NATIONAL BUREAU OF ECONOMIC RESEARCH
NATIONAL BUREAU OF ECONOMIC RESEARCH

Mark Long

Daniel J. Evans School of Public Policy
and Governance
University of Washington
Box 353055
Seattle, WA 98195
Tel: 206-543-3787
Fax: 206-543-1096

E-Mail: EmailAddress: hidden: you can email any NBER-related person as first underscore last at nber dot org

NBER Working Papers and Publications

June 2017Minimum Wage Increases, Wages, and Low-Wage Employment: Evidence from Seattle
with Ekaterina Jardim, Robert Plotnick, Emma van Inwegen, Jacob Vigdor, Hilary Wething: w23532
This paper evaluates the wage, employment, and hours effects of the first and second phase-in of the Seattle Minimum Wage Ordinance, which raised the minimum wage from $9.47 to as much as $11 per hour in 2015 and to as much as $13 per hour in 2016. Using a variety of methods to analyze employment in all sectors paying below a specified real hourly rate, we conclude that the second wage increase to $13 reduced hours worked in low-wage jobs by around 9 percent, while hourly wages in such jobs increased by around 3 percent. Consequently, total payroll fell for such jobs, implying that the minimum wage ordinance lowered low-wage employees’ earnings by an average of $125 per month in 2016. Evidence attributes more modest effects to the first wage increase. We estimate an effect of zero when ...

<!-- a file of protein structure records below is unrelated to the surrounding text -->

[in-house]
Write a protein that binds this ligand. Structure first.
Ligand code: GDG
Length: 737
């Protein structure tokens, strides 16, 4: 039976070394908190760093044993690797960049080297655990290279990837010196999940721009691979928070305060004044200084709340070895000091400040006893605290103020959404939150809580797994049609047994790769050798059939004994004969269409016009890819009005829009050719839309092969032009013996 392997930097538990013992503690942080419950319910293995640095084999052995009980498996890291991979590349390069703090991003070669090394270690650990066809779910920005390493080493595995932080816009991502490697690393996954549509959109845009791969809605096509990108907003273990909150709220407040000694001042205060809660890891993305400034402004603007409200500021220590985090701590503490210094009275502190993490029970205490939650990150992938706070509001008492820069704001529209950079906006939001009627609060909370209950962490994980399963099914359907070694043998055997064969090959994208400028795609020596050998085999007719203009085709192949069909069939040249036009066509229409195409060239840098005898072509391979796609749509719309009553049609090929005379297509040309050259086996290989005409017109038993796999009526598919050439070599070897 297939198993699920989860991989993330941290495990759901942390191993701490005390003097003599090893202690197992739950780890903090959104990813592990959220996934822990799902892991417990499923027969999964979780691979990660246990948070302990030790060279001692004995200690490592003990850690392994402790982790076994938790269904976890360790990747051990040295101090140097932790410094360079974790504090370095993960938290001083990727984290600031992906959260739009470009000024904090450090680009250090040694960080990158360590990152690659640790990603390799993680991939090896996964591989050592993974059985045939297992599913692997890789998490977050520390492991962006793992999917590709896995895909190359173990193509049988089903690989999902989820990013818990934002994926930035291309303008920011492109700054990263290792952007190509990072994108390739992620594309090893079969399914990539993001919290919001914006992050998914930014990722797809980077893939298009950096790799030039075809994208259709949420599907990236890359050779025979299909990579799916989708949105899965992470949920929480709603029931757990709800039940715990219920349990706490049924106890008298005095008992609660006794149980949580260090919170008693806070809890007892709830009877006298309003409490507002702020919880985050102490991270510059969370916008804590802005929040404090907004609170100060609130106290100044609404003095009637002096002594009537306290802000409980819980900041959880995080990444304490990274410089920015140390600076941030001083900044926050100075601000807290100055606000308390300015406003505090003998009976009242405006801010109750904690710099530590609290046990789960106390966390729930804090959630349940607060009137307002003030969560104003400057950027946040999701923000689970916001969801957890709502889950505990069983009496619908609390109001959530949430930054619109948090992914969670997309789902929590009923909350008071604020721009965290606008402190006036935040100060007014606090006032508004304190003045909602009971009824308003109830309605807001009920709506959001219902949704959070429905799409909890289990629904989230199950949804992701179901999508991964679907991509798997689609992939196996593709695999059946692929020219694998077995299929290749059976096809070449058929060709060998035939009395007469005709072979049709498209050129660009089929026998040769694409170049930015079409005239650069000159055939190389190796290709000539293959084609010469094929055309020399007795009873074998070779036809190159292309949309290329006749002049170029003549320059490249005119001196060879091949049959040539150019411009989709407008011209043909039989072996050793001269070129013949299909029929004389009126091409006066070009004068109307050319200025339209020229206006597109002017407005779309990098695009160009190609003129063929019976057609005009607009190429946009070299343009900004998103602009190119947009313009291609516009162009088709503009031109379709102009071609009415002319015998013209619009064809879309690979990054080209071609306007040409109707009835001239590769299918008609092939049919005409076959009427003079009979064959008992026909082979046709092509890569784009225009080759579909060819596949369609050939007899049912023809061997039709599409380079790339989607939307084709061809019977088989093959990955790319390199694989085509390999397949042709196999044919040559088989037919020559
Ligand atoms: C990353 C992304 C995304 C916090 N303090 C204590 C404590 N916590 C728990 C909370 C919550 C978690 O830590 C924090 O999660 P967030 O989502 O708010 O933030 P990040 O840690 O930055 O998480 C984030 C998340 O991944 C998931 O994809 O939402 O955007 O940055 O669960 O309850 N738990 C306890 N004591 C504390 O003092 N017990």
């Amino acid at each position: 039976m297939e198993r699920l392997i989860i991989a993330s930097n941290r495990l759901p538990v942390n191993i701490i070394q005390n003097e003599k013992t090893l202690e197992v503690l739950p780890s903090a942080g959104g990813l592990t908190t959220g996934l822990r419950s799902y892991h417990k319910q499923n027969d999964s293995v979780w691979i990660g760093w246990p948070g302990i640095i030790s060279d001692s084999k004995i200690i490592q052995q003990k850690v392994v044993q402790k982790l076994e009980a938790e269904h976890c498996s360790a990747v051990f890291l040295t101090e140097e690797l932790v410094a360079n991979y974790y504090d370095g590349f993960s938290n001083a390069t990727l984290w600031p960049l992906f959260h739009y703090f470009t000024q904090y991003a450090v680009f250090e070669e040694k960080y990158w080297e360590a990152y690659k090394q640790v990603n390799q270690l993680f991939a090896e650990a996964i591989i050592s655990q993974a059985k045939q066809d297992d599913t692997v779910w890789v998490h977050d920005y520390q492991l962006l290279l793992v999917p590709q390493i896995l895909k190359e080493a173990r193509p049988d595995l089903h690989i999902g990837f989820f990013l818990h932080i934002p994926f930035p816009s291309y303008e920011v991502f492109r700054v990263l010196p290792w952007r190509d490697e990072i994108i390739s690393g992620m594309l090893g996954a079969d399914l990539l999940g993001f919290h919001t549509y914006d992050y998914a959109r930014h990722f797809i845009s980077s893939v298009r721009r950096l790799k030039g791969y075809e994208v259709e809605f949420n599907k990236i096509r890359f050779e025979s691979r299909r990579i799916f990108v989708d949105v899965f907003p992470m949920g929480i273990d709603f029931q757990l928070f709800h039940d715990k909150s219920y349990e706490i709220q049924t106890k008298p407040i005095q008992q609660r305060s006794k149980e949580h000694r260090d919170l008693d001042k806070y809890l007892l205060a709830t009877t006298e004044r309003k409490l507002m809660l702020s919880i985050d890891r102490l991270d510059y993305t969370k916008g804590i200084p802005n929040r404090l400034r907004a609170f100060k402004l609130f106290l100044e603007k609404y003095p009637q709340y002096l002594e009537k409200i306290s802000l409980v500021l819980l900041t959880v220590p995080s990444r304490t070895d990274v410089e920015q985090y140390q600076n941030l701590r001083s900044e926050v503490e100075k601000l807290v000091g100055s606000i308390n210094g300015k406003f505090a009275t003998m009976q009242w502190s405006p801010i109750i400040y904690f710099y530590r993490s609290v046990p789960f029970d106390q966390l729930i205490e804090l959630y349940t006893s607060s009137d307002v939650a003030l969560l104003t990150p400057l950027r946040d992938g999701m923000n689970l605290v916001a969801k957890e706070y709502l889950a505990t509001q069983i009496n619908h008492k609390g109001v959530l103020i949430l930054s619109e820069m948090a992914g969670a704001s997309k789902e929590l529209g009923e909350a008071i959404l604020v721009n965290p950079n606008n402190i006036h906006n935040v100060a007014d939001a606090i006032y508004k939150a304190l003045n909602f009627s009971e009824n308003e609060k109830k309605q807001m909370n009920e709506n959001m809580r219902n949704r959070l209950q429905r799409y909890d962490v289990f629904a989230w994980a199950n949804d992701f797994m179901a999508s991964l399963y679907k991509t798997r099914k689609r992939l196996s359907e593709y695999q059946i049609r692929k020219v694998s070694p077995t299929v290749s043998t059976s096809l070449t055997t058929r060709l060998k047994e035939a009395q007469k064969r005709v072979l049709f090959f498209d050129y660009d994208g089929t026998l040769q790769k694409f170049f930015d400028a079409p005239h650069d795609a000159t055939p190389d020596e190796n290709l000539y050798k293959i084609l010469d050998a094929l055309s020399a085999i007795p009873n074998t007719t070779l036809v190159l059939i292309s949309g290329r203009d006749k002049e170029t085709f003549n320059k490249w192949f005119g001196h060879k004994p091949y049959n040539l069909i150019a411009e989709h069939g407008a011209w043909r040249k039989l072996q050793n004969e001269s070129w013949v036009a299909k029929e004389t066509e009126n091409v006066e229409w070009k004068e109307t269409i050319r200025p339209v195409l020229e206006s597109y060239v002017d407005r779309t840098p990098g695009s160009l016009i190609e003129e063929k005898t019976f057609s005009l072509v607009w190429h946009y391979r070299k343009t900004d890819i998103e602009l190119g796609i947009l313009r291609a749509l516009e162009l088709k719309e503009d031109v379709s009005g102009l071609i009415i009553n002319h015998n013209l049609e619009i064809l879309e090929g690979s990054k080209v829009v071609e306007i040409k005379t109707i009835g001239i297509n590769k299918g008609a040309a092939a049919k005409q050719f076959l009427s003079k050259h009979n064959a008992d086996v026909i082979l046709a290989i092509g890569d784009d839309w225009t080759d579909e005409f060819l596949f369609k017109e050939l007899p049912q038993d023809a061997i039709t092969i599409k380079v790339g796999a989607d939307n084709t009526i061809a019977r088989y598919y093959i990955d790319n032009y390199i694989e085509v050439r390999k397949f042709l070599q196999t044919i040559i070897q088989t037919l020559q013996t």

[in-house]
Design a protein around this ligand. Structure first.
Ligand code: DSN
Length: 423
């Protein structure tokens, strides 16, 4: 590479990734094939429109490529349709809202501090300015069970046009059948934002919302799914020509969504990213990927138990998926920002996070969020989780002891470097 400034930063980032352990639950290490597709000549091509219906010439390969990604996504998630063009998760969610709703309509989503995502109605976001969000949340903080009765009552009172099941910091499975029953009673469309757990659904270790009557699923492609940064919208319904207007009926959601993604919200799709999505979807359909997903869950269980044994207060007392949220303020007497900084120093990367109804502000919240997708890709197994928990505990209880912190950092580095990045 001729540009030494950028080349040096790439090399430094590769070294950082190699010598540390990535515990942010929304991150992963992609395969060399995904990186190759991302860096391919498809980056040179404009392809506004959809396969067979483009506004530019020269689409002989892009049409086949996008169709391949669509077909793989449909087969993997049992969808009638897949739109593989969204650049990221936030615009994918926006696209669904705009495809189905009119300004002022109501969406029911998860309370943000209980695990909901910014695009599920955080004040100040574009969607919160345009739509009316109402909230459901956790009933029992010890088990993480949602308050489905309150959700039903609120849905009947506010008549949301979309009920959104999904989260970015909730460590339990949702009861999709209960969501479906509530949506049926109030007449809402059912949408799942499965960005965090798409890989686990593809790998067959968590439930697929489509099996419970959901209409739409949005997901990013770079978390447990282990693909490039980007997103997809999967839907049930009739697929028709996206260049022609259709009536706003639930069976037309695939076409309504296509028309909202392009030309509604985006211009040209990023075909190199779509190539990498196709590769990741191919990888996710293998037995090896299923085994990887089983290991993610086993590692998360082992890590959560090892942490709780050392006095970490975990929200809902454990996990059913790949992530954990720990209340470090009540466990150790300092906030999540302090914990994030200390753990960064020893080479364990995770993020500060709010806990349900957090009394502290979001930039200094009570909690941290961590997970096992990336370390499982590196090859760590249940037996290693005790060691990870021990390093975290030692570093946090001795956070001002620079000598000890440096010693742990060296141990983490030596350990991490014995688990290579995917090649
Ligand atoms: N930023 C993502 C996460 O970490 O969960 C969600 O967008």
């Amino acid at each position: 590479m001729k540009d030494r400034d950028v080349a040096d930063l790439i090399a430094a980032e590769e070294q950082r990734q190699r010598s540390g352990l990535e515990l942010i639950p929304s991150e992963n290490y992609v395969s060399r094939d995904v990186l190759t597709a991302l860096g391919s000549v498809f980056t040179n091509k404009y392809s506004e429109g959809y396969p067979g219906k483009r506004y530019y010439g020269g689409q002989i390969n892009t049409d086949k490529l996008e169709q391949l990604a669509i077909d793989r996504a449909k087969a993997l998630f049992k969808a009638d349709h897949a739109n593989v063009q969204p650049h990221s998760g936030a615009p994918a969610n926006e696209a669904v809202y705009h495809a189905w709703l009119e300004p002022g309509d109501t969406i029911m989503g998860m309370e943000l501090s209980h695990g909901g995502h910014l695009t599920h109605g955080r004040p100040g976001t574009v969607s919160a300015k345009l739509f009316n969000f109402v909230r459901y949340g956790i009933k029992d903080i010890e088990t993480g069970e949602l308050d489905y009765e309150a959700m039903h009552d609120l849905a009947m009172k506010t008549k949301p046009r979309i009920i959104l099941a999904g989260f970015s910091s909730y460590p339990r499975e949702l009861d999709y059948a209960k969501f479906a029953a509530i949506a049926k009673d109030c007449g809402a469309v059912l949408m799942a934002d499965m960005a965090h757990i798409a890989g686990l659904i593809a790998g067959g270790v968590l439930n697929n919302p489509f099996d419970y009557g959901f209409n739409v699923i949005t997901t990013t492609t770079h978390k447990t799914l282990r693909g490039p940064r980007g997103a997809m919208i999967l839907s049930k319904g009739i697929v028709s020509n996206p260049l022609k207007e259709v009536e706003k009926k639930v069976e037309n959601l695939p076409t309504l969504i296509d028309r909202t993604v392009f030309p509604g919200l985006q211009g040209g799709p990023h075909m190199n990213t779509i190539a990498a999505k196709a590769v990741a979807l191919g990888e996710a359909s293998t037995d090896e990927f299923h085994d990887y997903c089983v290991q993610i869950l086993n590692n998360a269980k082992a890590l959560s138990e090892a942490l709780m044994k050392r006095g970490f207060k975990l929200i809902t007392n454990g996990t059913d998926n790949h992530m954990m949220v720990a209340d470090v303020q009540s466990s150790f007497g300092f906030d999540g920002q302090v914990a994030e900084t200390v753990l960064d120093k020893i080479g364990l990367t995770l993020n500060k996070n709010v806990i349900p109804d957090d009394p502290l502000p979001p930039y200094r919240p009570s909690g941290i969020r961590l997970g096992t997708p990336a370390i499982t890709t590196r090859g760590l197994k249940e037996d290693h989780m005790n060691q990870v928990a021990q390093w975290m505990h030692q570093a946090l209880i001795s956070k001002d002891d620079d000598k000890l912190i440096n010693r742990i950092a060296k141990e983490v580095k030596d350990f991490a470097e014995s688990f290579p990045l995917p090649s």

January 2011Jockeying for Position: Strategic High School Choice Under Texas' Top Ten Percent Plan
with Julie Berry Cullen, Randall Reback: w16663
Beginning in 1998, all students in the state of Texas who graduated in the top ten percent of their high school classes were guaranteed admission to any in-state public higher education institution, including the flagships. While the goal of this policy is to improve college access for disadvantaged and minority students, the use of a school-specific standard to determine eligibility could have unintended consequences. Students may increase their chances of being in the top ten percent by choosing a high school with lower-achieving peers. Our analysis of students' school transitions between 8th and 10th grade three years before and after the policy change reveals that this incentive influences enrollment choices in the anticipated direction. Among the subset of students with both motiv...

Published: Cullen, Julie Berry & Long, Mark C. & Reback, Randall, 2013. "Jockeying for position: Strategic high school choice under Texas' top ten percent plan," Journal of Public Economics, Elsevier, vol. 97(C), pages 32-48. citation courtesy of

 
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